Many scientists in the school study humans and human health: how the body develops, how it is affected by mutations, pathogens and the environment, and how it has evolved.

Particular areas of focus are the study of how life begins and carries on to the next generation, and how basic mechanisms of reproduction and development are disrupted by harmful chemicals and pollution in our environment as well as by genetic disorders. We study fundamental genetic mechanisms underlying development, homeostasis, disease, and physiology using powerful biomedical organisms such as fruit flies, zebrafish, marsupials, mouse, and humans themselves. We study how the body is assailed by pathogenic agents such as fungi and mosquito-borne pathogens that cause malaria and dengue fever and explore new strategies to combat these. Finally, we address our place on earth as a species, how our genomes have evolved and how our existing populations are structured.

The supervisors below have projects available in the area of biotechnology and translational research.The Conservation and Climate Change Group applies ecological and evolutionary principles to the field of wildlife, conservation and applied biology across a wide range of land animals (including mammals, birds, reptiles, amphibians, a wide range of invertebrates, and some plant groups). Particular interests include the management of native and invasive species; habitat use and ecology of mammals and reptiles; first-principles modelling of individual, population, and evolutionary dynamics; application of genomic techniques to biodiversity management; and terrestrial animals as bioindicators of environmental disturbance.The living cell possesses extraordinary capabilities that allow it to sense and respond to its environment, metabolise nutrients required for growth and division and undergo changes in cell shape and function. All of these processes are under the control of the hereditary instructions or genes it expresses, from among the thousands in its genome.The Evolution and Behaviour Group examines the behaviour and evolution of land animals at several levels, from genes to populations. Research on behaviour includes: visual signalling in birds, reptiles and insects; acoustic signalling in birds and amphibians; and chemical signalling in insects. Research in evolutionary biology investigates the evolutionary process that produced the diversity of life we see today. This includes the study of macro-evolutionary patterns of phenotypic diversity, phylogeny and taxonomy; biogeography and patterns of speciation; the origin, structure and maintenance of hybrid zones; sexual selection, including female choice and sperm competition; the evolution of co-operation in birds and invertebrates; and inter-specific relationships.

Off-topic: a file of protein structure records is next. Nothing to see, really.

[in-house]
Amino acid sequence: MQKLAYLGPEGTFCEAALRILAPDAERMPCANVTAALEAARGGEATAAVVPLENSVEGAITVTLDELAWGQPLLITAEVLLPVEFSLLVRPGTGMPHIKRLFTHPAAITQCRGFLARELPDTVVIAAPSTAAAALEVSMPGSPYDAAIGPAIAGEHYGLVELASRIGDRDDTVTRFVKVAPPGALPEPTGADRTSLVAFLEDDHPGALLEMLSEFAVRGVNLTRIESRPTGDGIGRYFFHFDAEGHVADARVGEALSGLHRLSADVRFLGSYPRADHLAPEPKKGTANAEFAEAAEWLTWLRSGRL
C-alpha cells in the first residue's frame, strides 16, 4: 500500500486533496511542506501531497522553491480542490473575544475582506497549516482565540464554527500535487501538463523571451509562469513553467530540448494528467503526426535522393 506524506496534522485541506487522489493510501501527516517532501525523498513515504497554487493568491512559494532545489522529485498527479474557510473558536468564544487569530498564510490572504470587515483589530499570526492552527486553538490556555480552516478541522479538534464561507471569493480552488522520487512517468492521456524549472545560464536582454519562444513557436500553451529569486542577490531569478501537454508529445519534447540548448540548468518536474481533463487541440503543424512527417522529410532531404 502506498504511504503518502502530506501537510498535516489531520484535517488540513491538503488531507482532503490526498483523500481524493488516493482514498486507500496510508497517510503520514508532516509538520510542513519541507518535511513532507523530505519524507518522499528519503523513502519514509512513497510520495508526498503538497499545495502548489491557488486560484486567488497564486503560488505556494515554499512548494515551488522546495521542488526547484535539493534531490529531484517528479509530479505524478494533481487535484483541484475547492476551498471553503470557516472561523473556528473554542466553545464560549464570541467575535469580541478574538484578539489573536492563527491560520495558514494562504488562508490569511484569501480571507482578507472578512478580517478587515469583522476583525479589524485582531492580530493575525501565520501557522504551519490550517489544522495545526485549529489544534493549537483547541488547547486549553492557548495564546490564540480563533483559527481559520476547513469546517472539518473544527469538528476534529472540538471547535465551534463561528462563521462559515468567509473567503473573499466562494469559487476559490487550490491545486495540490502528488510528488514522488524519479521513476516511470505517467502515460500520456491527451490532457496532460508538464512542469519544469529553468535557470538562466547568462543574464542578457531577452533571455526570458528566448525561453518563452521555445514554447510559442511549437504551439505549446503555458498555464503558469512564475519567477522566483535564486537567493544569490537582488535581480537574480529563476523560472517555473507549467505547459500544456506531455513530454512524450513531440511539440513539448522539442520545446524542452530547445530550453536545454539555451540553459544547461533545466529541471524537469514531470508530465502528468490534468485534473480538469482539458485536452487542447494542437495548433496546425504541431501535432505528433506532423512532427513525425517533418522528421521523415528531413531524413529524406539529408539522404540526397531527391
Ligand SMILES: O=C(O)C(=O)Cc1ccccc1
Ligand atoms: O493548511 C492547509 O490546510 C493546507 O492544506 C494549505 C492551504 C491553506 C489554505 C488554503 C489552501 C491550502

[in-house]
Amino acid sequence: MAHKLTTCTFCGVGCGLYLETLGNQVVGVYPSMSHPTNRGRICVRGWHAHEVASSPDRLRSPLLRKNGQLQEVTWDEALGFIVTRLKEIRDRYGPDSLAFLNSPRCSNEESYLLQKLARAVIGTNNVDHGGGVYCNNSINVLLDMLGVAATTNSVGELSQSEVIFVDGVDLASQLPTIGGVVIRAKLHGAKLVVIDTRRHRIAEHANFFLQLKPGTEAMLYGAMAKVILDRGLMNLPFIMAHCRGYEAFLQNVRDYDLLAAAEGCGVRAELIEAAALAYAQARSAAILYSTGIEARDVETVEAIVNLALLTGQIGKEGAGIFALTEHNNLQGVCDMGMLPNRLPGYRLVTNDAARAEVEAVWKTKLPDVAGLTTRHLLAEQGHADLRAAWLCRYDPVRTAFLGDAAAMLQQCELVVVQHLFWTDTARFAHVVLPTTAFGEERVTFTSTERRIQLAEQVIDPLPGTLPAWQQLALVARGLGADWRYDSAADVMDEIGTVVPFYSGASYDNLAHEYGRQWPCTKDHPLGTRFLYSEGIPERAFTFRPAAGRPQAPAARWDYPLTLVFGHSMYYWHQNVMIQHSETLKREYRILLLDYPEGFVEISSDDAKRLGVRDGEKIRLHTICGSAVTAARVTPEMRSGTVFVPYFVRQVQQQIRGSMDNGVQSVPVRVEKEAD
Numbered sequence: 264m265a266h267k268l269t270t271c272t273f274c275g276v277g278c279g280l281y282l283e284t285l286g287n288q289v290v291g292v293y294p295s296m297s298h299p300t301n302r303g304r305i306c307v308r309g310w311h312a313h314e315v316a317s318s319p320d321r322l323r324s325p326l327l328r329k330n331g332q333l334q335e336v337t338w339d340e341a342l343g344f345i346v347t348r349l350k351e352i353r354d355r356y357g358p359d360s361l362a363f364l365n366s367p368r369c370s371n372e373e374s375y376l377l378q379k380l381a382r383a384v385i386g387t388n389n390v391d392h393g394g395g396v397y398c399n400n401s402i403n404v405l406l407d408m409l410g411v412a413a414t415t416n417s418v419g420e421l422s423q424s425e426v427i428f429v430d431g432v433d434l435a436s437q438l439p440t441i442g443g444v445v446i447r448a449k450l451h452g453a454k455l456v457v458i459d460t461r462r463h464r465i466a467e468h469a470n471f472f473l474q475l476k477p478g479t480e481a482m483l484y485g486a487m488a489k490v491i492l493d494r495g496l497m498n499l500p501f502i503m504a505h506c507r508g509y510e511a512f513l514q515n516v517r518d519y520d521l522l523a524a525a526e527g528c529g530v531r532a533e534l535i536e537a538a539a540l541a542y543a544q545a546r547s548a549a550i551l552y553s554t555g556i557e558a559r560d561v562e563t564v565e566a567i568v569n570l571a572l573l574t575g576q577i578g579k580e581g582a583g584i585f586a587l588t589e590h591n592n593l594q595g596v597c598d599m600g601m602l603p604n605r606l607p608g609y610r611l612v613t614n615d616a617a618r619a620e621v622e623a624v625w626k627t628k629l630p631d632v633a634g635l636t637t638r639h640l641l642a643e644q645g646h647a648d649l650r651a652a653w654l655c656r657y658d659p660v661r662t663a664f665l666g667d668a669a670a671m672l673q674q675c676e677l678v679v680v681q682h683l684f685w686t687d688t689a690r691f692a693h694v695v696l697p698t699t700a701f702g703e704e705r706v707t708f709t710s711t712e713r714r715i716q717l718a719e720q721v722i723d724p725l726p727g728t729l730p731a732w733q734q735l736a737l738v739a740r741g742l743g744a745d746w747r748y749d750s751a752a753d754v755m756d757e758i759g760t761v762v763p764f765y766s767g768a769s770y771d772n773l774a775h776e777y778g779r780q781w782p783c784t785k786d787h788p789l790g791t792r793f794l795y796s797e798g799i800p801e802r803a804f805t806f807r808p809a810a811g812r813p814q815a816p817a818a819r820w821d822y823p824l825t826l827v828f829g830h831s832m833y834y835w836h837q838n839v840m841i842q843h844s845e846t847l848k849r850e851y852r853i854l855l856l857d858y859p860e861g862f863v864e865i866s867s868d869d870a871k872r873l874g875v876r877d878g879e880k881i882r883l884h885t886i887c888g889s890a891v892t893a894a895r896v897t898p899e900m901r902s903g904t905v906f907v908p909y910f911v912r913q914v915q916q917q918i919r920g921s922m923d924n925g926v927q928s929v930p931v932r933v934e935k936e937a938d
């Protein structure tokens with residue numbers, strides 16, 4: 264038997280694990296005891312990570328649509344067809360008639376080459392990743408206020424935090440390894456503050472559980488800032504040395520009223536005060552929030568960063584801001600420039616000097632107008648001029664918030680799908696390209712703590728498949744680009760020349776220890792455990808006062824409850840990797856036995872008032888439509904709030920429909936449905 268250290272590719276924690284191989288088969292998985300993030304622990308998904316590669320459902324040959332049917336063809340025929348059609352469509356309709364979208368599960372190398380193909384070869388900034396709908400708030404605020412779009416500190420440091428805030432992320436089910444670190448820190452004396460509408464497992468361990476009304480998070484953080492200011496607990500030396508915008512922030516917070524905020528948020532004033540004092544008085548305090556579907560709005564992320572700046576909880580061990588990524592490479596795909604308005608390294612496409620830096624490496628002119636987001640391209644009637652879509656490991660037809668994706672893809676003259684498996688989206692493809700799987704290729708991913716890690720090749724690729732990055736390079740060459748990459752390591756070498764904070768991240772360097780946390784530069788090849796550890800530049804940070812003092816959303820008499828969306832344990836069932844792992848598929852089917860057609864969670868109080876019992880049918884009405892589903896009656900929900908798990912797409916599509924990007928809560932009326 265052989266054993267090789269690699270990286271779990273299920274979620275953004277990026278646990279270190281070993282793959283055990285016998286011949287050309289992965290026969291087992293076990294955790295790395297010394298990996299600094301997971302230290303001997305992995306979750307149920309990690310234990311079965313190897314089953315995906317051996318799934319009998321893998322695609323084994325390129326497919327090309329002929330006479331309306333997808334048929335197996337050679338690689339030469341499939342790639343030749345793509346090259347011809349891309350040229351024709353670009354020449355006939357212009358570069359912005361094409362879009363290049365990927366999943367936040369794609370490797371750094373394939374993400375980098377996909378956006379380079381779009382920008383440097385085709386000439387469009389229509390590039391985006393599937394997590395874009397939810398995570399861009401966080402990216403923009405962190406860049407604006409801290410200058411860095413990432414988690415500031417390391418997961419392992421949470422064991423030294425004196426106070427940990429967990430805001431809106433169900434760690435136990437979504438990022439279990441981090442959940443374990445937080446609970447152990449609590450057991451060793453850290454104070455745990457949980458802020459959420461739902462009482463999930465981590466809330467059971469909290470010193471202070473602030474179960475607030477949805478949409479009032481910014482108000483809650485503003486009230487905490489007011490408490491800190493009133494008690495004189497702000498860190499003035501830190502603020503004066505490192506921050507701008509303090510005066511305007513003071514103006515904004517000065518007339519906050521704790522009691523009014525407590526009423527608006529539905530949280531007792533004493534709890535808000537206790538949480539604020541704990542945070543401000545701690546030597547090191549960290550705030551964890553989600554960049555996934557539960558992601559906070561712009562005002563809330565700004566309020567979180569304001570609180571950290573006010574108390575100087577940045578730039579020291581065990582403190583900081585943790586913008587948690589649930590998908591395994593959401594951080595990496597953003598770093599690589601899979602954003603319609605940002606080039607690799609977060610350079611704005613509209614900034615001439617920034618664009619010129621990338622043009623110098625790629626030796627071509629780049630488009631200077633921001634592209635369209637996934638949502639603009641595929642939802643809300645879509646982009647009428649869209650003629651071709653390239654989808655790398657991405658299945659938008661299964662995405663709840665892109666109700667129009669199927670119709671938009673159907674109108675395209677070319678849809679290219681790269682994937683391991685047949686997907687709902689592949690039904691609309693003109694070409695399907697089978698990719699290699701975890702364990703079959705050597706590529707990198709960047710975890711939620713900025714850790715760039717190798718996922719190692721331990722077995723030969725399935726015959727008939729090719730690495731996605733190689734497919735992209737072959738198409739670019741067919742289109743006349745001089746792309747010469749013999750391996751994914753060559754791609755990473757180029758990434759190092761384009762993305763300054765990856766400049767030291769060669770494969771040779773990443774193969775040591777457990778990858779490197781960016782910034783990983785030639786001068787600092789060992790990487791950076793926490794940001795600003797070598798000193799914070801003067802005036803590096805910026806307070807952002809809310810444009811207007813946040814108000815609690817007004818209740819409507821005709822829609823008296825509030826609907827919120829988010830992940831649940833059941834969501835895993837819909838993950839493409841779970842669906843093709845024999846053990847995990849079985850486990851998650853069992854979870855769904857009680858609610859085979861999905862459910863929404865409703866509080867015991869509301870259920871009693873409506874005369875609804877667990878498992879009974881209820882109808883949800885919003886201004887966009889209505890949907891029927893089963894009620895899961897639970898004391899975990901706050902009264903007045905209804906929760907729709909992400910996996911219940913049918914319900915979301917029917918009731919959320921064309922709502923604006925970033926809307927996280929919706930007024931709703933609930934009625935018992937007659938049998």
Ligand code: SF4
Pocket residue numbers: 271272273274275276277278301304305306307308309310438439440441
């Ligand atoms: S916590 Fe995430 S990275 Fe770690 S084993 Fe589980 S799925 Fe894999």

Marine biologists in the School of BioSciences work on a diversity of topics across marine organisms, their conservation and management. We conduct our research in temperate and tropical marine environments, from estuaries to the deep sea.

Together we investigate the:

  • Behaviour, ecology, evolution and biodiversity of marine organisms;
  • Effects of human disturbance on habitats, species and communities;
  • Technologies to improve the productivity of aquaculture and its environmental performance;
  • Adaptation of aquaculture and fishery management for climate change;
  • Ecological aspects of marine protected areas and fisheries management.
The groups based within Melbourne Integrate Genomics all apply various computational and experimental approaches to understand how genes shape living organisms, at large scale. Research includes the development of robust gene regulatory models with applications in synthetic biology, studies of human evolution at both the genetic and the experimental level, and tackling computational and statistical problems in population genetics, including helping to understand the complex HLA and KIR gene systems and the genomic basis of complex human traits.Microbes are both vital and problematic. Without them our world couldn't exist, but some cause us monumental grief. Understanding microbes helps us manage our environment, stay healthy and look after our crops, livestock and food supplies. Genetic tools have given us powerful means to understand these invisible organisms that impact our lives in myriad ways.The fungi are a large group of over a million estimated microscopic and macroscopic species. They play fundamental roles in ecology, industry, and plant and animal diseases. The mycology and plant pathology focuses in the School are on both crop and human diseases, as well as investigation of fungal diversity. We apply molecular and field-based approaches to identify genes essential for disease, molecular mechanisms involved in virulence, genes and mechanisms involved in fungicide resistance and management strategies to minimise the deleterious impact of fungal diseases.